|Ice plants break the color barrier
At first, I only put one hardy ice plant in my database: Delosperma cooperi. The common name of this tough succulent comes from transparent bladders cells on the plant's surface, which hold water, creating a glistening effect. Leaves shaped somewhere between needle and jellybean grow two to six inches high, in a tight mat. With roots dense too, Delosperma crowds out other plants.
Native to eastern South Africa, Kenya, Ethiopia, and southwestern Arabia, these plants love sandy, poor soil; tolerate drought; and demand full sun in order to put out their short, shiny daisies. Around here they die back in winter preceded in fall with some of the red the leaves turn in warm-winter zones.
D. cooperi sports magenta flowers, mid-May till frost. In 2003 I recorded similar Delosperma floribundum, with two-tone petals lilac on the outside, and white around the small yellow eye.
But with my prejudice against warm colors, I didn't note golden yellow to orange-red D. nubigenum, which comes from higher elevations, and so is even hardier. Lower growing, too, and blooming only in spring but just as tight and dense: an excellent groundcover. Or D. congestum, a clear yellow, only half an inch tall, a true alpine from the highest mountains of the region. This one needs a bit more moisture, but grows just as dense.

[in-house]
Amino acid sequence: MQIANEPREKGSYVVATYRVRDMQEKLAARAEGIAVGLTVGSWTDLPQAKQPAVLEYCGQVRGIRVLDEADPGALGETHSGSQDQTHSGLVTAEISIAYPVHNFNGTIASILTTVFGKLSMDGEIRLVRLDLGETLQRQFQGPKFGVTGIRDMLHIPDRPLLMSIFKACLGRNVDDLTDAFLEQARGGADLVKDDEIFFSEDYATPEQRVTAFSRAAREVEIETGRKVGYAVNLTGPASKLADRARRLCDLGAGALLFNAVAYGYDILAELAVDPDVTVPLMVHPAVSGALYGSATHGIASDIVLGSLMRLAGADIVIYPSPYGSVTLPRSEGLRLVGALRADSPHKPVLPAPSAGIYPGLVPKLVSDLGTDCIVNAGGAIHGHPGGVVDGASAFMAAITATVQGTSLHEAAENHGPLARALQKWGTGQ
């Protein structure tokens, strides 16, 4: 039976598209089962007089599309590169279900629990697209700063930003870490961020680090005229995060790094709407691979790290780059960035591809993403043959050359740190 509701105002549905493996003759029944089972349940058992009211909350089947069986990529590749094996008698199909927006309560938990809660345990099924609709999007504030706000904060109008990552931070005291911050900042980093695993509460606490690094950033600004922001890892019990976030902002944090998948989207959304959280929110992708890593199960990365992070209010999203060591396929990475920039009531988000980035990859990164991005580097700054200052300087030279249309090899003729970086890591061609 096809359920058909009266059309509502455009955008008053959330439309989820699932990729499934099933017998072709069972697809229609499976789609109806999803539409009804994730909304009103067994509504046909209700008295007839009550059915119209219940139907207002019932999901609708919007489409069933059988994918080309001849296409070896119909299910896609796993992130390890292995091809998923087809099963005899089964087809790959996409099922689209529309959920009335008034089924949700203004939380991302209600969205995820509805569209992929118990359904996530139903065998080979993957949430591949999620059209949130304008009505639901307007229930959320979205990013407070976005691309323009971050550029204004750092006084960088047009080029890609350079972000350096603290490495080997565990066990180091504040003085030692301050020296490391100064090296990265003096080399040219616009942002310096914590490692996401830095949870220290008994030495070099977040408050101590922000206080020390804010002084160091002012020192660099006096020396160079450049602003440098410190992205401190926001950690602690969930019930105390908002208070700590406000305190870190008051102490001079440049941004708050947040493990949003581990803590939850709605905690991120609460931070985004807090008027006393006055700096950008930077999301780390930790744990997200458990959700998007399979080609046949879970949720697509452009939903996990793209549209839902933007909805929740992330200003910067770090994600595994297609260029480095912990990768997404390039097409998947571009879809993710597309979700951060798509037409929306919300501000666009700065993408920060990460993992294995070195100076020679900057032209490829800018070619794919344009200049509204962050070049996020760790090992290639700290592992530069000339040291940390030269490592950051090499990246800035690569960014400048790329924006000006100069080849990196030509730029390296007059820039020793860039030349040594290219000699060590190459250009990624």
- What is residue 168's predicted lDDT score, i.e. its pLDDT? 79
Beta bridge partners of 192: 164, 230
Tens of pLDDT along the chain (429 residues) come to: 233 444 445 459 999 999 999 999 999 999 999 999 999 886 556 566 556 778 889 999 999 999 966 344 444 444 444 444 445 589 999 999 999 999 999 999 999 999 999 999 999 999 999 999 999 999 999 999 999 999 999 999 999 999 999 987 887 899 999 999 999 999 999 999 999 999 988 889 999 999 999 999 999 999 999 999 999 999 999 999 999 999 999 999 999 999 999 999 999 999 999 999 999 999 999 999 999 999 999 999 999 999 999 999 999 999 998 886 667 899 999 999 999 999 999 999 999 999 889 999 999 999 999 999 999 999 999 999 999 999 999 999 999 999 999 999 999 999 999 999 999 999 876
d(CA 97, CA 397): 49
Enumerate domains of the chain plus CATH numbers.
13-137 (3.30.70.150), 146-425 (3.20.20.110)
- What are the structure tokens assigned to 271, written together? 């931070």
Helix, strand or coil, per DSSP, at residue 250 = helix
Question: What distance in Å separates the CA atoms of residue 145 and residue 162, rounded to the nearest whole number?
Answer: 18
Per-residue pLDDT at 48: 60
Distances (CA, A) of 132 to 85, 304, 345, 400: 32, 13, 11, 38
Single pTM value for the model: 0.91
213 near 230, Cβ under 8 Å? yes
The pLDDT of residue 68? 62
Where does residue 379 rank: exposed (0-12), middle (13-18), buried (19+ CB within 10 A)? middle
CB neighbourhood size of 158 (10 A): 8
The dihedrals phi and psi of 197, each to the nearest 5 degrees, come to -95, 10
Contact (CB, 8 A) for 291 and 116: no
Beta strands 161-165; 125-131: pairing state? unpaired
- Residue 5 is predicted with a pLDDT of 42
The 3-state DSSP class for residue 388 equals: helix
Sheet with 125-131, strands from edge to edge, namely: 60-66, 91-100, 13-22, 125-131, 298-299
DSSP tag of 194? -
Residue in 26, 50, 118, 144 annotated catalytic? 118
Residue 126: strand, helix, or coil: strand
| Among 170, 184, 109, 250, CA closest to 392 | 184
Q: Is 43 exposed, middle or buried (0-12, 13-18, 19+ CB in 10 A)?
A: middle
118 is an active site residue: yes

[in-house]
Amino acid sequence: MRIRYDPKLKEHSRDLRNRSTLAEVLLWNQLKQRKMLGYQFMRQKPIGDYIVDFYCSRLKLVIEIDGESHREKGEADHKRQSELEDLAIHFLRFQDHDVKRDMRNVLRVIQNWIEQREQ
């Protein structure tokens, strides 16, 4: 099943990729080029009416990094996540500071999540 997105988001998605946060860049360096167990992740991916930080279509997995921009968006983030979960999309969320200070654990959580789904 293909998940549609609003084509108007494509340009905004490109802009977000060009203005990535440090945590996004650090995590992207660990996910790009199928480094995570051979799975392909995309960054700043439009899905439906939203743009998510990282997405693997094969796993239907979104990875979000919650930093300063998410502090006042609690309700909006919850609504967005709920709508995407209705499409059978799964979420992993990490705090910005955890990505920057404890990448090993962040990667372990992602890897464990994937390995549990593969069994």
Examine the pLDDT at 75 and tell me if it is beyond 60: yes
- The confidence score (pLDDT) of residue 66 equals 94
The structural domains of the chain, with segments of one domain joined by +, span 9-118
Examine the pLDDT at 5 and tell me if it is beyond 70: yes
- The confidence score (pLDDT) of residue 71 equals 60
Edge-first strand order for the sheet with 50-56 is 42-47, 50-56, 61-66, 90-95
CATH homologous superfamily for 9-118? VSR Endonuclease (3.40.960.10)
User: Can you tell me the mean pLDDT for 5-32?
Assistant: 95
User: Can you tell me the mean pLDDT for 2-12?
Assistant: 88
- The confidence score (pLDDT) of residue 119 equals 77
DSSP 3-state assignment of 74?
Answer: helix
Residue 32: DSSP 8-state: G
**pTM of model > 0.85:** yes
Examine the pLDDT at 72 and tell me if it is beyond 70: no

Or perhaps these were not available till recently? My 1094-page reference book, the American Horticultural Society A-Z Encyclopedia of Garden Plants, published in 1997, doesn't mention any hardy ice plants only annuals. On a Web page dated 2004, Gerhard F. Wagner, president of the German Society for the Other Succulents, complains of confusion in both identification and classification of Delosperma. Clearly there's a wealth of these plants not widely available even now. ("Other succulents?" Besides cactus, that is.)
Confusion? Sometimes instead of Delosperma, the genus is called Mesembryanthemum. The United States Department of Agriculture classifies it in the family Aizoaceae; the South African National Biodiversity Institute, in Mesembryanthemaceae. In the family, several genera are called "ice plant."
Now I'm captivated by Delosperma "Kelaidis," named after Panayoti Kelaidis, Curator of Plant Collections at the Denver Botanic Gardens, where the plant was discovered in 1998 apparently a volunteer hybrid of D. cooperi and D. nubigenum. Mostly quite similar to D. cooperi, "Kelaidis" (also known by the trademark name "Mesa Verde") blooms in a unique shimmering peach that has melted my resistance to warm colors.